The Star Beacon; Ashtabula, Ohio

August 30, 2012

UPDATED WITH VIDEO: Meth-related raids net dozens of arrests

15 minutes of meth video now available

Star Beacon

 Watch video of busts here

JEFFERSON - Dozens of people suspected of purchasing excessive amounts of a key ingredient used to make methamphetamine were arrested early Wednesday morning in a series of raids across Ashtabula County.

Forty-three people were picked up at locations in every corner of the county, County Prosecutor Thomas Sartini said at a press conference in Jefferson. Five additional arrests were also made, and two more were arrested on outstanding — but unrelated — warrants, he said. In addition, meth labs were discovered in Andover, Orwell, Saybrook, Ashtabula and Conneaut, Sartini said.

Sixty-seven people were secretly indicted by the Ashtabula County grand jury on July 26, Sartini said. Authorities are confident they will locate many of the remaining 24 people, he said.

All of those arrested are accused of buying pseudoephedrine, used to make meth. They will be charged with the illegal assembly of chemicals for the manufacture of drugs and the manufacture of the drug “in Ashtabula and surrounding counties,” the press release states. Most of the charges are second- or third-degree felonies, which can result in prison time, Sartini said.

As arrests were made, the suspects were brought to Jefferson and arraigned before Common Pleas Court Judge Gary Yost. Most posted bond and were released. A few of those named in warrants were already in jail or prison for meth-related crimes, officials said.

Some 120 law enforcement and safety personnel from 21 agencies were involved in the raids, dubbed “Operation Meth Death,” which began at 6 a.m., after receiving assignments at the Spire Institute in Harpersfield Township. None of the people targeted in the raids resisted arrest and no officers were injured.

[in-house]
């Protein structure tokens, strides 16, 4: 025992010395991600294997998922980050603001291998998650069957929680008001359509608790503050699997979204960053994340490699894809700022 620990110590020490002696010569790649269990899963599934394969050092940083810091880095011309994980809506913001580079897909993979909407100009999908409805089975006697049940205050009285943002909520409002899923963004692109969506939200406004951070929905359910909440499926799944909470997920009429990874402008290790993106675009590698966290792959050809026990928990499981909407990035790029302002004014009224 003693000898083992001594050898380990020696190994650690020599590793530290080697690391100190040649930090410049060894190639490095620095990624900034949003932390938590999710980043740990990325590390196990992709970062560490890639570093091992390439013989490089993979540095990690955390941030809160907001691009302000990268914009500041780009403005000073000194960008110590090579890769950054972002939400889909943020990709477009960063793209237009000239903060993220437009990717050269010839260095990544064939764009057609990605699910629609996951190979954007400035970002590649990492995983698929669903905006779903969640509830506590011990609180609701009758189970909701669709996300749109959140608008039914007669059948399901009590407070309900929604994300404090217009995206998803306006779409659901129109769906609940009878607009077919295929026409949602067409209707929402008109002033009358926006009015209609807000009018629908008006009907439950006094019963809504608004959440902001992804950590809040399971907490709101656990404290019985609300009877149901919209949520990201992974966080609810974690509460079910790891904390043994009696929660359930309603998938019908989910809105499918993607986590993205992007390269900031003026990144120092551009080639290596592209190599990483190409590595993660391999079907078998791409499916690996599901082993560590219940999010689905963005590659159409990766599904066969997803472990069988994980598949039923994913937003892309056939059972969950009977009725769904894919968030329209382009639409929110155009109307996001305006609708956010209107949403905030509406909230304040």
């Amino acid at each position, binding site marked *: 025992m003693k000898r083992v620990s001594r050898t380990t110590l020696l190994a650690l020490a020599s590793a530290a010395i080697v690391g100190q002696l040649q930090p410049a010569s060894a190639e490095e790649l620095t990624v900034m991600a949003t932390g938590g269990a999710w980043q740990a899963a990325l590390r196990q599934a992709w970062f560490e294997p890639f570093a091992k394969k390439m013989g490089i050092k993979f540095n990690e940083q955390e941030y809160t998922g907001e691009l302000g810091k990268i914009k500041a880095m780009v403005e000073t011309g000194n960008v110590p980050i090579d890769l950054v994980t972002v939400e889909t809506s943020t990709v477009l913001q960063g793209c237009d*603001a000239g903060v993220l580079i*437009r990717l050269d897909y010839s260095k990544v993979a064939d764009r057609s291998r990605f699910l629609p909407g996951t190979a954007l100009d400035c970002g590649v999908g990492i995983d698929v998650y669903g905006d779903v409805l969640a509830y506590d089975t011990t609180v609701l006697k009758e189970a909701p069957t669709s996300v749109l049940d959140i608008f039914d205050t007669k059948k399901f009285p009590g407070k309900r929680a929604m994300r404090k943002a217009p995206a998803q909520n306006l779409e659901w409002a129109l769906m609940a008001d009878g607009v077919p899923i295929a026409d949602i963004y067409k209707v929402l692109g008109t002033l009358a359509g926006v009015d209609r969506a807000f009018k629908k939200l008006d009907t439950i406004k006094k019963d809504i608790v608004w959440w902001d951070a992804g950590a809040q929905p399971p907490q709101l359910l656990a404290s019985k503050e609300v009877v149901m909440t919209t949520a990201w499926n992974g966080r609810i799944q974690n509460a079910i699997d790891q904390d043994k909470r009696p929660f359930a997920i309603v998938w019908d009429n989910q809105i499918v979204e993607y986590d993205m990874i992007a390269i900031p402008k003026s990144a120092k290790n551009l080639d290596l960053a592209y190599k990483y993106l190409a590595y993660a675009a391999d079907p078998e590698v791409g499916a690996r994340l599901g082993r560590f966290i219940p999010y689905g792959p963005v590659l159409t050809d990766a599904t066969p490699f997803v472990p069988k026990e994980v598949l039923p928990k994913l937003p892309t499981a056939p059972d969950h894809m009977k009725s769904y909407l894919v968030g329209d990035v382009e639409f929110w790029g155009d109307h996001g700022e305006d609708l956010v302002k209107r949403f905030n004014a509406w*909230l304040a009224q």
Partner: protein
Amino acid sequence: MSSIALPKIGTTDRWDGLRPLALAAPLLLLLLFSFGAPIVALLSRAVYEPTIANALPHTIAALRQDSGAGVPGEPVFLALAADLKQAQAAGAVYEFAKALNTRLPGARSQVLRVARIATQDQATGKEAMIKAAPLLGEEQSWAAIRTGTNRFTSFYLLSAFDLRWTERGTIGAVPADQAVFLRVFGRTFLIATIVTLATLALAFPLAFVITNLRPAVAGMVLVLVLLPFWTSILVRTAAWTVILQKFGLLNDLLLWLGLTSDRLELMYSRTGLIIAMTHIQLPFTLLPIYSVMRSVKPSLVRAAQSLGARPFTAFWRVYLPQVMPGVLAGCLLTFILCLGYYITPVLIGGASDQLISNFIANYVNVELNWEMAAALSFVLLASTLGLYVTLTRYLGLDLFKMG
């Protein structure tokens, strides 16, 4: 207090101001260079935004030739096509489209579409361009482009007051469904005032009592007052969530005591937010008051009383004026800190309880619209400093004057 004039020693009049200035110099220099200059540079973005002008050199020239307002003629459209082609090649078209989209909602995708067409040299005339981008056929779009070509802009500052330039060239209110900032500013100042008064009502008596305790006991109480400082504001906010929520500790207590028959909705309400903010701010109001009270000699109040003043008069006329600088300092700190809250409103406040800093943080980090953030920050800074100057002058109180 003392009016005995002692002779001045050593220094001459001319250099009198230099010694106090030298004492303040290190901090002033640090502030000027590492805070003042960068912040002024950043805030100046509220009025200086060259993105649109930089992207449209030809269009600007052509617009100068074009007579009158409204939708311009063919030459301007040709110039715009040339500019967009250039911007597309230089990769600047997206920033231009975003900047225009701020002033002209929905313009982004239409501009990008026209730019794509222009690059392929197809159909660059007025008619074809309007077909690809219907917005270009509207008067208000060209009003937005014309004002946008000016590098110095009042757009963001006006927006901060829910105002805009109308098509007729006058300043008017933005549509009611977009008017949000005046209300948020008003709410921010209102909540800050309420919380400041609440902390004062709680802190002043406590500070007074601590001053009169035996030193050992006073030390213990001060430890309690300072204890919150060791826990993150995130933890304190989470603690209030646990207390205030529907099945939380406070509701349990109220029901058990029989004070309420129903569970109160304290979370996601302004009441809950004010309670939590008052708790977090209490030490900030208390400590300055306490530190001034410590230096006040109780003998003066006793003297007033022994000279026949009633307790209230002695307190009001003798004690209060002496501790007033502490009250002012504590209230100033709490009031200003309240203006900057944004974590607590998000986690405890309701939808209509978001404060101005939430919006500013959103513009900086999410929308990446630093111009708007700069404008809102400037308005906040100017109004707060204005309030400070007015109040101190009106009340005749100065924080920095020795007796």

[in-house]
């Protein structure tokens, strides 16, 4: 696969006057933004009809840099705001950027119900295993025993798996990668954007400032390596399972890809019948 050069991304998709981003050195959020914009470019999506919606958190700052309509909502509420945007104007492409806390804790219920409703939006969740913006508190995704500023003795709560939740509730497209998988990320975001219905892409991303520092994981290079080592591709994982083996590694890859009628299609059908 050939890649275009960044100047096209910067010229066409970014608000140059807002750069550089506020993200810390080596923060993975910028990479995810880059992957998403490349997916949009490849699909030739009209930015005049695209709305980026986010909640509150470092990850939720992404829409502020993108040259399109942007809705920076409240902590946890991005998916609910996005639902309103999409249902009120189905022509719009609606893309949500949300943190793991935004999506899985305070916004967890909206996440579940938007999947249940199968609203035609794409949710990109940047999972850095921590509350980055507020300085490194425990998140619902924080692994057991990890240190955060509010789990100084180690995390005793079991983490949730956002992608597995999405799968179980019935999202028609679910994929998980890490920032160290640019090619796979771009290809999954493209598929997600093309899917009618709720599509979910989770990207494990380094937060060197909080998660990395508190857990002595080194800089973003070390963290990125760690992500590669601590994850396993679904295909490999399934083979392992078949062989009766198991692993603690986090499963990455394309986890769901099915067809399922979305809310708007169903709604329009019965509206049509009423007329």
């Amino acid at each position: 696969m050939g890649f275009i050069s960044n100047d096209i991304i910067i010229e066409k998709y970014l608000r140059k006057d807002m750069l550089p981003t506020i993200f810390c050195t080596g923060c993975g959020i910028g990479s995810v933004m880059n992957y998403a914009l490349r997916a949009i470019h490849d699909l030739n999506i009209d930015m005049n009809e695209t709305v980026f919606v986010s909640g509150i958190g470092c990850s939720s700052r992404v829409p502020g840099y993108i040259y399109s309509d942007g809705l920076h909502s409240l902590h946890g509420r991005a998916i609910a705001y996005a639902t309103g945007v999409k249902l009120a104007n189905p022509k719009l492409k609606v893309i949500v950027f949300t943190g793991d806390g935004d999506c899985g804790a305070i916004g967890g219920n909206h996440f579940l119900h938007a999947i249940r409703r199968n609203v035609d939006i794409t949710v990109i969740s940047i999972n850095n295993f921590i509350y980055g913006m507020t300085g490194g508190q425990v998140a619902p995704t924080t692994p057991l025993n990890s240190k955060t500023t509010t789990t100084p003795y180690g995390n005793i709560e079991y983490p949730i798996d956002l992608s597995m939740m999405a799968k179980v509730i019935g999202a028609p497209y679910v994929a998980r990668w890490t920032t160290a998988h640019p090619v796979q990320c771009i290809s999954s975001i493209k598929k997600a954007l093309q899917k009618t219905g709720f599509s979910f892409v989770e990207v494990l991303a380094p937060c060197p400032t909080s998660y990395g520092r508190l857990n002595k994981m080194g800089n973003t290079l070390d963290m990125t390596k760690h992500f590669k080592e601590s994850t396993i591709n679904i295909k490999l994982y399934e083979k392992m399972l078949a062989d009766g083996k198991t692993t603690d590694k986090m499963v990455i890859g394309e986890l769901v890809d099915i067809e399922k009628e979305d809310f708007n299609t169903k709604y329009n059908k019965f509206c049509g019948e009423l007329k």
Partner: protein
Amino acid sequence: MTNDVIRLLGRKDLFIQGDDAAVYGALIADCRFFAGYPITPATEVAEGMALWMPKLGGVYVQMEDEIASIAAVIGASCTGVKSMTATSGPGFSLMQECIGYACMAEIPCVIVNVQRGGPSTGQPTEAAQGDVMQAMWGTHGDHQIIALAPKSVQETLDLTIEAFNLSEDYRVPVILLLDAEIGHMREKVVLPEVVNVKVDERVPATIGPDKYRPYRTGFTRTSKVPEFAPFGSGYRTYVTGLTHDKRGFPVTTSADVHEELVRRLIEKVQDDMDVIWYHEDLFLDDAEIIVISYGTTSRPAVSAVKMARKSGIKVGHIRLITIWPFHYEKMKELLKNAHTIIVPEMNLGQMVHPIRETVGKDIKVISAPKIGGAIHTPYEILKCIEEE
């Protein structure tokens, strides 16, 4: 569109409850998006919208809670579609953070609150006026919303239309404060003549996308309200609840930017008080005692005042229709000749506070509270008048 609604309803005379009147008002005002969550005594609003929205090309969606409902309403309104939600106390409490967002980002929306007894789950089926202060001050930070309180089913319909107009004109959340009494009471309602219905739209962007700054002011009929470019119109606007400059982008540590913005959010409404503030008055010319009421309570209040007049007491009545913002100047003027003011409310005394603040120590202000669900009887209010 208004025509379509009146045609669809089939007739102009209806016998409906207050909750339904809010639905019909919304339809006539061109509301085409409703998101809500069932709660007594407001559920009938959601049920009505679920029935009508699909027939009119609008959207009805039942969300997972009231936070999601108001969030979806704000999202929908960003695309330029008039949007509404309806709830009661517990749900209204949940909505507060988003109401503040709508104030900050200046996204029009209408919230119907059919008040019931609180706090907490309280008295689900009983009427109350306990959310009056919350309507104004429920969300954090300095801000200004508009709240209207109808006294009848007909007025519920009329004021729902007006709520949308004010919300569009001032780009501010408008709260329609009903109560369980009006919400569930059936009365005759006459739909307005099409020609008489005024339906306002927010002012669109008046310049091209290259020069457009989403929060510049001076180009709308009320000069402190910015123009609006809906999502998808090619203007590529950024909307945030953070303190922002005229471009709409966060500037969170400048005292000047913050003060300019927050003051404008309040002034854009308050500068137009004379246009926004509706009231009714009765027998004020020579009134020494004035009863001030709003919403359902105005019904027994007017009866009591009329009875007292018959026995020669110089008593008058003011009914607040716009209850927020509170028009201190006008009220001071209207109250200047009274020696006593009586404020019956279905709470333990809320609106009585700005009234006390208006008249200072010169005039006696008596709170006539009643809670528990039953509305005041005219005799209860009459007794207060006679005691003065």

“It was a very, very successful operation,” Sartini said.

The people arrested are accused of buying quantities of pseudoephedrine, the primary ingredient in meth. Purchases are carefully documented and it was the examination of store records that uncovered people buying more than the allowable amounts, Sartini said. People can legally buy 9 grams of pseudoephedrine in any 30-day period or 3.6 grams in any one day, Sartini said.

Involved in the investigation was Sartini’s office, the Ashtabula County Sheriff’s Office, and the Geneva, Geneva-on-the-Lake, Madison Township and Jefferson police departments. The chiefs of those department attended the conference and thanked officers who led the investigation. Singled out for special praise were Lt. Tim Brown (Madison Township), Capt. Greg Wiley (Geneva), Sgt. Brian Sterrick (Geneva-on-the-Lake), Patrolman Anthony Wood (Jefferson) and Detective Bryan Rose (sheriff’s office).

The conference, held in the courtroom of Common Pleas Judge Ronald Vettel, was packed with police officers who helped with Wednesday’s arrests. A follow-up operation that could expand on Wednesday’s arrests will be conducted today in the county by several agencies, officers said.

The arrests were equally distributed around the county, Sartini said. Nearly as many women were arrested as men, judging by a display of the suspects’ photos set up in the courtroom.

Investigations began in earnest late last year, Sartini said. “Over the last nine months, through the diligent efforts of several individuals, we were able to track and put together a series of purchases. We tracked them through the meticulous search of records. They were buying beyond what the law allows.”

Sartini said his office believes those arrested were complicit in the creation of the drug, thereby justifying the manufacturing charge. “They are aiding and abetting (the drug-makers),” he said.

Those who were indicted worked independently but many were probably acquainted, Sartini said.

“If you put them together in a room, they would all shake hands and say hello,” Sartini said. “But it was not one huge conspiracy.”

Wednesday’s raid was the latest — and largest — operation to date aimed at the region’s meth situation. Some high-profile incidents — led by a meth-fueled explosion and fire at a now-closed Ashtabula nursing home that killed one man in early March — have brought plenty of attention to the county. A man involved in the nursing home incident was among those secretly indicted by the grand jury, Sartini said.

Wednesday’s arrests crimped, but didn’t crush, the meth trade in Ashtabula County, Sartini said. Just as important was involving meth-makers and the public that a  relatively new method of making the drug, the so-called “shake and bake” process, involves less equipment but is extremely volatile and dangerous

“It puts a pretty good dent in a very big problem, but by no means solves the problem,” he said. “It sends a message to the public that you endanger yourself, your children, families and (others).

“We’re hoping people will start to see the light and live their lives a different way,” Sartini said.



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